The single most significant problem with the display on the IdeaPad Y510 is the glossy protective layer over the glossy screen. The glossy top layer is not unlike what we’ve seen on tablet notebooks, but unlike tablet notebooks the screen on the Y510 isn’t a touchscreen. While most notebooks with glossy screens only have minor issues with reflections, the screen on the Y510 is so reflective it’s like looking into a mirror.
When viewing the display your eyes naturally shift focus between what is being displayed on the screen and what is being reflected in the glossy surface of the screen. Since these images are on a slightly different focal plane you can easily develop eye strain and headaches from looking at this screen. This is the first notebook I have ever reviewed that actually gave me a severe headache after less than two hours of use.
Below are a few sample images to illustrate the screen reflections on the IdeaPad Y510:
Screen off. (view large image)
Screen at max brightness. (view large image)
The reflections on the screen aren’t noticeable at all in a dark room, but most people don’t use their notebooks in the dark unless they’re just watching movies. If you aren’t sensitive to reflections then the screen is beautiful when viewed from straight ahead.
Keyboard, Touchpad and Other Input Buttons
The full-sized keyboard on the Y510 has almost no flex. The only area of flex that we detected during our testing period was at the top edge of the keyboard near the F9 and F10 keys. Unless you are constantly using the F9 and F10 keys it is unlikely that you would ever notice any keyboard flex when typing. The keys have excellent cushion and response and were quiet during use. There are dedicated keys for home, end, page up, and page down. The f-keys also control a range of features (such as raising or lowering screen brightness) when they are pressed in combination with the function key.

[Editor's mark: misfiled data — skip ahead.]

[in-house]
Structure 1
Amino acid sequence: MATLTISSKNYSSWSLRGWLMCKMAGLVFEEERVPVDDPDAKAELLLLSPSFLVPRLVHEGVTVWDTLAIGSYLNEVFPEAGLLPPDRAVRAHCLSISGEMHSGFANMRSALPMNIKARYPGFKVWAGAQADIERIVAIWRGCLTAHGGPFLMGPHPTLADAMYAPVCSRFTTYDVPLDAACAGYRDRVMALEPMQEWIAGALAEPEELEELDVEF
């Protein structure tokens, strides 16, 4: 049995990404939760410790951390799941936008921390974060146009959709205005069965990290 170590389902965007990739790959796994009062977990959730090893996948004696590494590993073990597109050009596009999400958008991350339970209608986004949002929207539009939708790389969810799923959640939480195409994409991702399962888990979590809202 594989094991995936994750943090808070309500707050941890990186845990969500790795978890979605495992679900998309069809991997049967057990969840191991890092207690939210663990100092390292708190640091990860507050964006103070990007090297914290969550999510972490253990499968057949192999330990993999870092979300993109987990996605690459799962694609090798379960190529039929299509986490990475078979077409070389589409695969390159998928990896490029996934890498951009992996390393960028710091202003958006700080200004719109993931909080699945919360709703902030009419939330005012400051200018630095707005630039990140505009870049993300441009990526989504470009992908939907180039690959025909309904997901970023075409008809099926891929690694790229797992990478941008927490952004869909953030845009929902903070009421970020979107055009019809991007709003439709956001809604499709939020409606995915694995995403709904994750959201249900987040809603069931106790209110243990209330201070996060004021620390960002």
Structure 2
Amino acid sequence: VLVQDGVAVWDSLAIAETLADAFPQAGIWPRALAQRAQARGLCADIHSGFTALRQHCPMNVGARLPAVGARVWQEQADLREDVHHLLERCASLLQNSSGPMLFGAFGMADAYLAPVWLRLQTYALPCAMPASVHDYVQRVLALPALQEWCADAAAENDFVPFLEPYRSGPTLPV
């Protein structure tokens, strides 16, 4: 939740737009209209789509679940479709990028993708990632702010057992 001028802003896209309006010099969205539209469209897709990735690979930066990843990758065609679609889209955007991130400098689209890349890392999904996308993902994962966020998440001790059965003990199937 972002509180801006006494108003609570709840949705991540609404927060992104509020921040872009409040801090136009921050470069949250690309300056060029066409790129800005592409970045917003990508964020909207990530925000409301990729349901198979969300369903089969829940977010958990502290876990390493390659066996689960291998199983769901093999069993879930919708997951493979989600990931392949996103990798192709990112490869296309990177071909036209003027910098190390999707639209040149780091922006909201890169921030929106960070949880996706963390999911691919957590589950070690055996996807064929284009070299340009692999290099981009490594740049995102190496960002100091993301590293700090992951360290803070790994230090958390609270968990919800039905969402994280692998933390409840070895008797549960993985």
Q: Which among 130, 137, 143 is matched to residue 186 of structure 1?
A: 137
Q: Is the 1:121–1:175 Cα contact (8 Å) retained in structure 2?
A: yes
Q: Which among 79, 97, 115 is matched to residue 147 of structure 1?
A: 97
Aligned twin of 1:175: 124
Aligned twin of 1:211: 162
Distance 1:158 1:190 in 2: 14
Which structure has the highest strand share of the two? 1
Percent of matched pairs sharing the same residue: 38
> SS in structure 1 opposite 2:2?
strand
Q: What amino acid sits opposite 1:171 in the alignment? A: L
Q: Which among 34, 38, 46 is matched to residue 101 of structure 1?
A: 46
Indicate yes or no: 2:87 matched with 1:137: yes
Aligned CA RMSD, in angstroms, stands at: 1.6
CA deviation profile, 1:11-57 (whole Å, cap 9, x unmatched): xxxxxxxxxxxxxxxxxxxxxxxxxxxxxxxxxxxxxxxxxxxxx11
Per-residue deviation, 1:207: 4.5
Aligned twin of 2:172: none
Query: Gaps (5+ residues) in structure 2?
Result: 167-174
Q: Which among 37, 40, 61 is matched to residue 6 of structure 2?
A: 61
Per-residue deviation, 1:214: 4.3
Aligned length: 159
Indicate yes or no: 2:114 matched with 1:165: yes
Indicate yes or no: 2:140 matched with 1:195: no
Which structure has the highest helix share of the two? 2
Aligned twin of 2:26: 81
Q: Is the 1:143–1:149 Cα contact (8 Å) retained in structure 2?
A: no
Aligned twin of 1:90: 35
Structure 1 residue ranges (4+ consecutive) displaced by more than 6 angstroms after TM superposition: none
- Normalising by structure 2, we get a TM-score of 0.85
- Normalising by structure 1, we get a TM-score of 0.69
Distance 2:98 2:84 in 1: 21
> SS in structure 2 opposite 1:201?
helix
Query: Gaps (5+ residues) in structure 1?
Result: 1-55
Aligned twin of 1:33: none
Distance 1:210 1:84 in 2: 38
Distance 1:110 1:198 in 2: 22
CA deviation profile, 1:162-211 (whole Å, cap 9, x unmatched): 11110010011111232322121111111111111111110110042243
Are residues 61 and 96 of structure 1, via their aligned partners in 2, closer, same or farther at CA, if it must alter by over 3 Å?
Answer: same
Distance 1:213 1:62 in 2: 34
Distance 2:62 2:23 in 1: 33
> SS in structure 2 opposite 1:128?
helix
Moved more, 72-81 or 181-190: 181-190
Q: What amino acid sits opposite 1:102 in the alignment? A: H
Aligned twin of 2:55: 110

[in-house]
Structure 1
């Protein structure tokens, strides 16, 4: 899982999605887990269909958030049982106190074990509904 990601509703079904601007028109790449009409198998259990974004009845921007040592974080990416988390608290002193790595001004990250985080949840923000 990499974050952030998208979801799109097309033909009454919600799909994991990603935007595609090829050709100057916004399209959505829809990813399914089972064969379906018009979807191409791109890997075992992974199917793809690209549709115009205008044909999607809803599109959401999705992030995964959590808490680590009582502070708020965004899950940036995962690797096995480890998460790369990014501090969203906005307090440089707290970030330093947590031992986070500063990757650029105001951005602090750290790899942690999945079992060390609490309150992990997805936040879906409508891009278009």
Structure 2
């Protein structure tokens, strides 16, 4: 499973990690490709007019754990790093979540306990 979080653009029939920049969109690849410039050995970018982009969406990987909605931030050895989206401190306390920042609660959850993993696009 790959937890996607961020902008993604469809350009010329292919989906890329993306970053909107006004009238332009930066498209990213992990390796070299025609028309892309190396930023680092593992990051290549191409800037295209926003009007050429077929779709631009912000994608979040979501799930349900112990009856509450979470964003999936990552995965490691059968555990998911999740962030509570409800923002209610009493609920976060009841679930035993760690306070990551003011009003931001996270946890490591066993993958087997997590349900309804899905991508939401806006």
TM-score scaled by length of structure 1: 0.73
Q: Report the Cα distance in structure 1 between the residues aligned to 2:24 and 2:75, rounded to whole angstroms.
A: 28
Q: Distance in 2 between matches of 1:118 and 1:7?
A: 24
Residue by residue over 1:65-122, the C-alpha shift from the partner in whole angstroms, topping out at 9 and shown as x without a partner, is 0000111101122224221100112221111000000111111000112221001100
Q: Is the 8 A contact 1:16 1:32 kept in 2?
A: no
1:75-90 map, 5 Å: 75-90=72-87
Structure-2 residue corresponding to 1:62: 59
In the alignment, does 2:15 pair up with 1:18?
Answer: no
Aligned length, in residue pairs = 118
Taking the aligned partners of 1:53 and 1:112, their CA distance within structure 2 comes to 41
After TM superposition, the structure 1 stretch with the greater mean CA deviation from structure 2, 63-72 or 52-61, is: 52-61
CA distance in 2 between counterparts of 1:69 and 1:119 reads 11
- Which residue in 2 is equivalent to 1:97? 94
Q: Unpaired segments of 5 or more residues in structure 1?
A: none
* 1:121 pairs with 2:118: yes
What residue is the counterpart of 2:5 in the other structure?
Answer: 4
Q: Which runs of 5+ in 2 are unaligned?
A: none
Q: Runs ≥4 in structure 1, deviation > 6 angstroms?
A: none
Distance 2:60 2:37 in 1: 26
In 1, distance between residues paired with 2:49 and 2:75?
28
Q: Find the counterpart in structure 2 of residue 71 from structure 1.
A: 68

Directly above the power button on the left side of the keyboard is a small button labeled “Novo” which provides one-touch access to the “Energy Cut Tool.” This built-in power management application allows you to choose between three different preset power options (high, medium, and low) to control your battery usage and extend battery life when traveling.
The touchpad is nice and large and features a durable and responsive surface that is also covered in the same matte finish as the rest of the notebook chassis. The touchpad buttons have deep feedback and produce quiet, cushioned clicks. As mentioned previously, there’s no ThinkPad pointing stick on this notebook, but since most consumers don’t care about that Lenovo probably made the correct choice leaving it off the Y510.
The Y510 also features dedicated touch-sensitive media buttons above the keyboard and beneath the speakers. The media buttons make watching DVDs or listening to music files as easy as using a DVD or CD player. These media buttons have amber LED backlights that are always on but aren’t annoyingly bright even in the dark.
Input and Output Ports
There is a reasonable selection of ports on the Y510 with just about every port the average consumer is likely to need (or want) on a 15-inch notebook. The complete list of ports includes:
- ExpressCard/54 slot (also supports ExpressCard/34)
- Three USB 2.0
- IEEE 1394 Firewire
- TV out (S-video)
- 6-in-1 digital media card reader
- Microphone in
- Headphone out
- RJ-11 (modem)
- RJ-45 (LAN/Ethernet)
- IR receiver
- VGA out
Let’s take a quick tour around the port offerings of the Y510:
Front side: LED status lights, wireless on/off switch, 6-in-1 media card reader, and IR receiver.
Back side: Nothing here but hinge and a LED battery life indicator.
Left side: DC power jack, Ethernet, heat vent, VGA, two USB 2.0 ports, Firewire, and ExpressCard slot.
Right side: Headphone out, microphone in, USB 2.0 port, S-Video, optical drive, modem, and lock slot.